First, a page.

Royal Bank of Scotland (RBS) and Natwest are restricting new interest-only mortgages to people earning at least £50,000 a year.

Key Points

  • Restrictions applied to RBS interest-only mortgages
  • New applicants need to earn at least £50,000
  • Lenders expected to tighten borrowing criteria this year

The pair are the latest in a long line of providers restricting access to interest-only deals. Santander announced last month it will require borrowers to have at least a 50% deposit on its interest-only loans, rather than 25%.

The UK's largest lender, Lloyds Banking Group, has also placed tighter rules on interest-only mortgages.

Some consumers, especially first-time buyers, prefer interest-only loans as the repayments are much lower than for a standard repayment mortgage. Borrowers only repay the interest monthly, paying off the mortgage itself at the end of the term.

Many on interest-only mortgages gamble that they can sell their home to eventually clear the debt. But this is fraught with danger given house prices may fall, which could push them into negative equity.

RBS overhaul

The RBS group says its new rules are "in line" with recent changes from competitors and stresses borrowers still only need a 25% deposit. The changes only apply to residential mortgages.

Interest-only mortgages will only be available to RBS and NatWest customers who have banked with them for three months before their application, and have paid more than a £1,000 salary per month into their current account.

Borrowers must earn £50,000 a year before any regular overtime or bonus income is taken into account.

With joint applications, the main applicant must earn at least £50,000. It is not enough for both applicants to be earning at least this amount combined.

Tighter lending criteria

The Bank of England expects lenders to tighten their borrowing criteria this year. Lenders have recently made a wave of mortgage rise announcements, affecting more than a million borrowers in total, blaming higher funding costs and the weak economy.

The property price boom fuelled a surge in interest-only mortgages, peaking at a third of all mortgage sales in 2007.

Taking out such mortgages was a way for consumers to increase their borrowing capacity at a time when property prices were outpacing wage increases.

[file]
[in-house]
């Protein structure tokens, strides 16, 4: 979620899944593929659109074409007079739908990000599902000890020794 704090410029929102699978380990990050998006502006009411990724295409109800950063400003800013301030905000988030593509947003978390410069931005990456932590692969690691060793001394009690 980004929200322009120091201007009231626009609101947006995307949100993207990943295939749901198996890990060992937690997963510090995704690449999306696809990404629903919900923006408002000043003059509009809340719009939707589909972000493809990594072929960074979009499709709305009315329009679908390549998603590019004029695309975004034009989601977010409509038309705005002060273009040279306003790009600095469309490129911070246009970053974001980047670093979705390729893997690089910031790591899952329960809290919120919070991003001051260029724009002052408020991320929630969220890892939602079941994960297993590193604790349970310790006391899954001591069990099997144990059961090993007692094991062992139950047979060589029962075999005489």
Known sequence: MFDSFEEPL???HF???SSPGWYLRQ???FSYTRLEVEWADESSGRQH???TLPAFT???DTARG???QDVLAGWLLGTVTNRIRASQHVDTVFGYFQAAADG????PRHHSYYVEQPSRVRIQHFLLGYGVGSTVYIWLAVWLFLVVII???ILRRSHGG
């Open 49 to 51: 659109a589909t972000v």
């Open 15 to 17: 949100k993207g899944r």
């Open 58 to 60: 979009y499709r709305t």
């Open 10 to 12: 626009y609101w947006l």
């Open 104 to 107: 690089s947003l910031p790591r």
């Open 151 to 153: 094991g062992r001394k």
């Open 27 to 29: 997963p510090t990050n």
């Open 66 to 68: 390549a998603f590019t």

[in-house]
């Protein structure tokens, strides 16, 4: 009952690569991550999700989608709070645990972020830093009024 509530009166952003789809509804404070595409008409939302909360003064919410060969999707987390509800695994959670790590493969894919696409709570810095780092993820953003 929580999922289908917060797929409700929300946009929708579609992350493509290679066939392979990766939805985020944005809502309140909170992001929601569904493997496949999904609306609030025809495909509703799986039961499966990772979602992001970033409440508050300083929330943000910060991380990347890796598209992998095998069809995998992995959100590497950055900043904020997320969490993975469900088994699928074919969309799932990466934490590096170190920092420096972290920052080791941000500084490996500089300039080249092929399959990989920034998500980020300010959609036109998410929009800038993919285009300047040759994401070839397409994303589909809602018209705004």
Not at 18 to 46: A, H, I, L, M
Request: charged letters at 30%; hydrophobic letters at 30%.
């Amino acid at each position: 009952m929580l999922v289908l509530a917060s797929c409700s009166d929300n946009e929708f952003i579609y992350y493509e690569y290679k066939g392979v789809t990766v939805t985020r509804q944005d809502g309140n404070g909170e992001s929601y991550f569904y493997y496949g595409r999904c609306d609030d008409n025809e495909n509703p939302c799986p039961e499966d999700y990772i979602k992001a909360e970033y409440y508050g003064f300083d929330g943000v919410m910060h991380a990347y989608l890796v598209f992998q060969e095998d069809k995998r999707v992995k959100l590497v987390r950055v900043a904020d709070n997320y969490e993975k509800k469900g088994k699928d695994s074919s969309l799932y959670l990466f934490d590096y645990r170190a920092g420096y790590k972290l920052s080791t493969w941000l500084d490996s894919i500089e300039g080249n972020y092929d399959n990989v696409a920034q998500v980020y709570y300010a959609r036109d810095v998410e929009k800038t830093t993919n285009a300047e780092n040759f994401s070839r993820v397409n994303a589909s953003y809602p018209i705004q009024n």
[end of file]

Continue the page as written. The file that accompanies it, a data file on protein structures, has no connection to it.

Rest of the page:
More recently, sales of such products have accounted for less than 20% of mortgage sales as the subdued property market means lenders can no longer be certain that consumers will be able to remortgage elsewhere before the end of the mortgage term.

'Ticking time bomb'

Earlier this month, the Financial Services Authority (FSA) warned some borrowers in their late 50s who are currently on interest-only deals face a "ticking time bomb" whereby they could be unable to remortgage.

An estimated £120 billion of interest-only mortgage loans are due for repayment over the next 10 years, presenting a "significant challenge" for lenders and consumers, the FSA estimated in its Mortgage Market Review published last year.

Under the FSA's plans to tighten up on irresponsible lending, interest-only mortgages will only be offered in future where there is a credible plan to repay the capital, and borrowers cannot just rely on hopes that house prices will rise.

Martin Wheatley, managing director of the FSA's conduct business unit, told the House of Commons' Treasury select committee that regulation could not solve all the problems created over the last 20 years.

Wheatley says: "There is a ticking time bomb that's been created over the last 20 years and what we're trying to do is to make sure that that ticking time bomb does not get any worse from here on in."

The Council of Mortgage Lenders (CML) has been working with lenders to identify ways of helping interest-only borrowers who could have trouble paying off their loans.

Additional reporting by Helen Knapman.